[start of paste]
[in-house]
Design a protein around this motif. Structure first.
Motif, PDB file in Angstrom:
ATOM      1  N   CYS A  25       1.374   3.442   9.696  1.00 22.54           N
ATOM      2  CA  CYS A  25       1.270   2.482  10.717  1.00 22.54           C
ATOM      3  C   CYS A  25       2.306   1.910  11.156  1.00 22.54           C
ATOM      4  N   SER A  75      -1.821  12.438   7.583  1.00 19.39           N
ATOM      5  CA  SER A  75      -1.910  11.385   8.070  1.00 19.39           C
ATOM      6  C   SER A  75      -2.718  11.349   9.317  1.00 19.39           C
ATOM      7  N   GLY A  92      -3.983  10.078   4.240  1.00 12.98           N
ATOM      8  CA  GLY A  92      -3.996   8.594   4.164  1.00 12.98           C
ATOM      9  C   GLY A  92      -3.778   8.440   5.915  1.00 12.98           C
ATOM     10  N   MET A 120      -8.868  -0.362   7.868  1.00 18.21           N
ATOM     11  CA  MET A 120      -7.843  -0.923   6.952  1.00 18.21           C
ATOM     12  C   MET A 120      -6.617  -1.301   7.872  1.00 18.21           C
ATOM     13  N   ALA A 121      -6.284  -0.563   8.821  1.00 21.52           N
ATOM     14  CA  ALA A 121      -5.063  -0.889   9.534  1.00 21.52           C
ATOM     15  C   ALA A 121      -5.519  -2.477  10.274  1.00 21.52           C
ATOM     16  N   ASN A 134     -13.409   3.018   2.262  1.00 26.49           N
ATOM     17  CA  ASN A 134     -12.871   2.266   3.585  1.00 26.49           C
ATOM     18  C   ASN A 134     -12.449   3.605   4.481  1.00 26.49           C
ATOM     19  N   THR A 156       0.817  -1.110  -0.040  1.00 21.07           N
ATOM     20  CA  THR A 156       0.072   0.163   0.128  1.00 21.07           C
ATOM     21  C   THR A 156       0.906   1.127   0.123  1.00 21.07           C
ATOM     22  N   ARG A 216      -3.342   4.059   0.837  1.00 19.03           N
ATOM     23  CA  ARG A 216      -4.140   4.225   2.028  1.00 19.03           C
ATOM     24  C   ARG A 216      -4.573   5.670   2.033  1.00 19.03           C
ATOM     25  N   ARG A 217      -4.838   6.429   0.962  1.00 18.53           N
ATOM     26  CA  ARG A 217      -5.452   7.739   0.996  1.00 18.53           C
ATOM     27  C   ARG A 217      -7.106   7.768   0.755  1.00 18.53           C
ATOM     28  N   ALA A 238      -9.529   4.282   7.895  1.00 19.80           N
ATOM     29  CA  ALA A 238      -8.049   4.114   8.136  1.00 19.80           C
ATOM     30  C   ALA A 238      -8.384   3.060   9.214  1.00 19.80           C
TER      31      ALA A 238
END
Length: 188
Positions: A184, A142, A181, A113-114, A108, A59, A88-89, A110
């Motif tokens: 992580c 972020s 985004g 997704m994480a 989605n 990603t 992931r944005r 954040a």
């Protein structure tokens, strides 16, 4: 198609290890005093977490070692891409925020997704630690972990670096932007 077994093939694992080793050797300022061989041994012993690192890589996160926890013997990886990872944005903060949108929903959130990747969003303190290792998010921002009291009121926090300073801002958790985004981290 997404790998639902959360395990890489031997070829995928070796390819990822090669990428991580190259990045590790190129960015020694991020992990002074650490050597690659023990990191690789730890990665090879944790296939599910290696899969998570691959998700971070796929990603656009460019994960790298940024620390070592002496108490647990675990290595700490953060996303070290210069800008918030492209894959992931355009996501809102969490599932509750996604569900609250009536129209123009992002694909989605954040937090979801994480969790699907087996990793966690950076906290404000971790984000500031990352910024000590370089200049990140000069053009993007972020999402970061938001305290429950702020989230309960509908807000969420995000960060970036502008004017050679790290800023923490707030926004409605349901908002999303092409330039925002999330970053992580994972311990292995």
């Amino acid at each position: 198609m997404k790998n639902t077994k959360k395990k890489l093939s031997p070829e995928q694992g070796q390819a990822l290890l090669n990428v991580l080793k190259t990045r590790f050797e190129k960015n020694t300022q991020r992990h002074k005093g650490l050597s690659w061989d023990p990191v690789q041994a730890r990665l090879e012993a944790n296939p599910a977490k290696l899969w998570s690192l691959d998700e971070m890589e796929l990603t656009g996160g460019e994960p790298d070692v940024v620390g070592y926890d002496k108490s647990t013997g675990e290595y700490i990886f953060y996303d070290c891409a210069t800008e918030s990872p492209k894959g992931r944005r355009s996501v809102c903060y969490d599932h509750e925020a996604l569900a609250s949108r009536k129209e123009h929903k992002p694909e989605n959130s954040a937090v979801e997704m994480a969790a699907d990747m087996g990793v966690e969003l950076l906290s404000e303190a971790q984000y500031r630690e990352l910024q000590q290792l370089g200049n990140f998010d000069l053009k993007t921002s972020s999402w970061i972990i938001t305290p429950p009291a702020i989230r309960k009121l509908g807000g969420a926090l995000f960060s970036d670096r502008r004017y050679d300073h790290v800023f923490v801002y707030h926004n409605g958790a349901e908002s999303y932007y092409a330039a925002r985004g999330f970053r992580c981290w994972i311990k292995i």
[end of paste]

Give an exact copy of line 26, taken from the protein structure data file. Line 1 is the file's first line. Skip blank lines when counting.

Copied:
ATOM     23  CA  ARG A 216      -4.140   4.225   2.028  1.00 19.03           C